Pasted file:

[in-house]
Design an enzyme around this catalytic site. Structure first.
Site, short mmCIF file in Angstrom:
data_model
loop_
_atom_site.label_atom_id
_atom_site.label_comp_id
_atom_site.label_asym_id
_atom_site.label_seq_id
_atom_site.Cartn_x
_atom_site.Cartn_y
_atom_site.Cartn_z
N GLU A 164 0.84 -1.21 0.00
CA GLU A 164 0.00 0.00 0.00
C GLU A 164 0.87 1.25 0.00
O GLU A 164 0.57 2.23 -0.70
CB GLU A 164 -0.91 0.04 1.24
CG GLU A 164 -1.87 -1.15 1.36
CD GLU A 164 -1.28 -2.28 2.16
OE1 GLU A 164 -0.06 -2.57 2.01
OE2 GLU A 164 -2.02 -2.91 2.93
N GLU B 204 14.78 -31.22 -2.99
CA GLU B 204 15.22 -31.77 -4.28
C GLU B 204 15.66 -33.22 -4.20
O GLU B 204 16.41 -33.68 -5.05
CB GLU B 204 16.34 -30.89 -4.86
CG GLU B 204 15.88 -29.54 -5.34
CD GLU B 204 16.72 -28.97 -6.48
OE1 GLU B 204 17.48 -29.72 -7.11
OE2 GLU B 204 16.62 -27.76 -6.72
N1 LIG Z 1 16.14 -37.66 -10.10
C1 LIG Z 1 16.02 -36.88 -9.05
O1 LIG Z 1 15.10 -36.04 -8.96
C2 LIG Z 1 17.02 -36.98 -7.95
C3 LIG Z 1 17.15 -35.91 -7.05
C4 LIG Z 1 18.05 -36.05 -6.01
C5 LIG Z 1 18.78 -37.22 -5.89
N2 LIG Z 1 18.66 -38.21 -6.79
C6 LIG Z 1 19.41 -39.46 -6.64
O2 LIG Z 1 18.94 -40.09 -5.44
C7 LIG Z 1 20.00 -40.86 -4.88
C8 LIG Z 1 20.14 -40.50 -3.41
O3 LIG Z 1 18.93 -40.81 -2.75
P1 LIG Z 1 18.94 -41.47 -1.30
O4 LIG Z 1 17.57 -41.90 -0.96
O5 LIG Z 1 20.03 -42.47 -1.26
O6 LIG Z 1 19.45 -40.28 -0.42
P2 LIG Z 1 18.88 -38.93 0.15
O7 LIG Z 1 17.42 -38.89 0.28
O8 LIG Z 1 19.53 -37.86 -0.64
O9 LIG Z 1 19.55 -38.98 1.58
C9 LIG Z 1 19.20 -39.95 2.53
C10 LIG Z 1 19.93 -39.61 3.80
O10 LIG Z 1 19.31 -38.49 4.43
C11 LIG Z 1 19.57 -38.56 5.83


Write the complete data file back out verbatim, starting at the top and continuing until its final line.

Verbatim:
[in-house]
Design an enzyme around this catalytic site. Structure first.
Site, short mmCIF file in Angstrom:
data_model
loop_
_atom_site.label_atom_id
_atom_site.label_comp_id
_atom_site.label_asym_id
_atom_site.label_seq_id
_atom_site.Cartn_x
_atom_site.Cartn_y
_atom_site.Cartn_z
N GLU A 164 0.84 -1.21 0.00
CA GLU A 164 0.00 0.00 0.00
C GLU A 164 0.87 1.25 0.00
O GLU A 164 0.57 2.23 -0.70
CB GLU A 164 -0.91 0.04 1.24
CG GLU A 164 -1.87 -1.15 1.36
CD GLU A 164 -1.28 -2.28 2.16
OE1 GLU A 164 -0.06 -2.57 2.01
OE2 GLU A 164 -2.02 -2.91 2.93
N GLU B 204 14.78 -31.22 -2.99
CA GLU B 204 15.22 -31.77 -4.28
C GLU B 204 15.66 -33.22 -4.20
O GLU B 204 16.41 -33.68 -5.05
CB GLU B 204 16.34 -30.89 -4.86
CG GLU B 204 15.88 -29.54 -5.34
CD GLU B 204 16.72 -28.97 -6.48
OE1 GLU B 204 17.48 -29.72 -7.11
OE2 GLU B 204 16.62 -27.76 -6.72
N1 LIG Z 1 16.14 -37.66 -10.10
C1 LIG Z 1 16.02 -36.88 -9.05
O1 LIG Z 1 15.10 -36.04 -8.96
C2 LIG Z 1 17.02 -36.98 -7.95
C3 LIG Z 1 17.15 -35.91 -7.05
C4 LIG Z 1 18.05 -36.05 -6.01
C5 LIG Z 1 18.78 -37.22 -5.89
N2 LIG Z 1 18.66 -38.21 -6.79
C6 LIG Z 1 19.41 -39.46 -6.64
O2 LIG Z 1 18.94 -40.09 -5.44
C7 LIG Z 1 20.00 -40.86 -4.88
C8 LIG Z 1 20.14 -40.50 -3.41
O3 LIG Z 1 18.93 -40.81 -2.75
P1 LIG Z 1 18.94 -41.47 -1.30
O4 LIG Z 1 17.57 -41.90 -0.96
O5 LIG Z 1 20.03 -42.47 -1.26
O6 LIG Z 1 19.45 -40.28 -0.42
P2 LIG Z 1 18.88 -38.93 0.15
O7 LIG Z 1 17.42 -38.89 0.28
O8 LIG Z 1 19.53 -37.86 -0.64
O9 LIG Z 1 19.55 -38.98 1.58
C9 LIG Z 1 19.20 -39.95 2.53
C10 LIG Z 1 19.93 -39.61 3.80
O10 LIG Z 1 19.31 -38.49 4.43
C11 LIG Z 1 19.57 -38.56 5.83